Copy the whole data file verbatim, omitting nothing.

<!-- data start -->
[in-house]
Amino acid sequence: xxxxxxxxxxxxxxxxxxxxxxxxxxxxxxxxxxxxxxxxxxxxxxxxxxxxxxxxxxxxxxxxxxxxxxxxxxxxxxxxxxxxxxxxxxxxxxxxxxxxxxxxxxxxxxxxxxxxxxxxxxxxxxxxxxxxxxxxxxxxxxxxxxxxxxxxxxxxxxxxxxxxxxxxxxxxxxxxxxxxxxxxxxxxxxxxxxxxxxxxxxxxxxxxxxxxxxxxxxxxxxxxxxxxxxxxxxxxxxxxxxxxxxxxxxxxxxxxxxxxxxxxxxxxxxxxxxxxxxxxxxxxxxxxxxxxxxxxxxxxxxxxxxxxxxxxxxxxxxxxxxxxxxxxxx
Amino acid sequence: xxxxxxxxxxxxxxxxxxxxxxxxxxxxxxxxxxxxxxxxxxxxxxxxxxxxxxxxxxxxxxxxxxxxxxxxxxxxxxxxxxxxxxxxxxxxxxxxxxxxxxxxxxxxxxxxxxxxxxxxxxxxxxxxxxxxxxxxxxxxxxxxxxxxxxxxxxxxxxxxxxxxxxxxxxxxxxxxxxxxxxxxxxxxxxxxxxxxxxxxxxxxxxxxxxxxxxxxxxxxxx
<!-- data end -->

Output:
[in-house]
Amino acid sequence: xxxxxxxxxxxxxxxxxxxxxxxxxxxxxxxxxxxxxxxxxxxxxxxxxxxxxxxxxxxxxxxxxxxxxxxxxxxxxxxxxxxxxxxxxxxxxxxxxxxxxxxxxxxxxxxxxxxxxxxxxxxxxxxxxxxxxxxxxxxxxxxxxxxxxxxxxxxxxxxxxxxxxxxxxxxxxxxxxxxxxxxxxxxxxxxxxxxxxxxxxxxxxxxxxxxxxxxxxxxxxxxxxxxxxxxxxxxxxxxxxxxxxxxxxxxxxxxxxxxxxxxxxxxxxxxxxxxxxxxxxxxxxxxxxxxxxxxxxxxxxxxxxxxxxxxxxxxxxxxxxxxxxxxxxx
Amino acid sequence: xxxxxxxxxxxxxxxxxxxxxxxxxxxxxxxxxxxxxxxxxxxxxxxxxxxxxxxxxxxxxxxxxxxxxxxxxxxxxxxxxxxxxxxxxxxxxxxxxxxxxxxxxxxxxxxxxxxxxxxxxxxxxxxxxxxxxxxxxxxxxxxxxxxxxxxxxxxxxxxxxxxxxxxxxxxxxxxxxxxxxxxxxxxxxxxxxxxxxxxxxxxxxxxxxxxxxxxxxxxxxx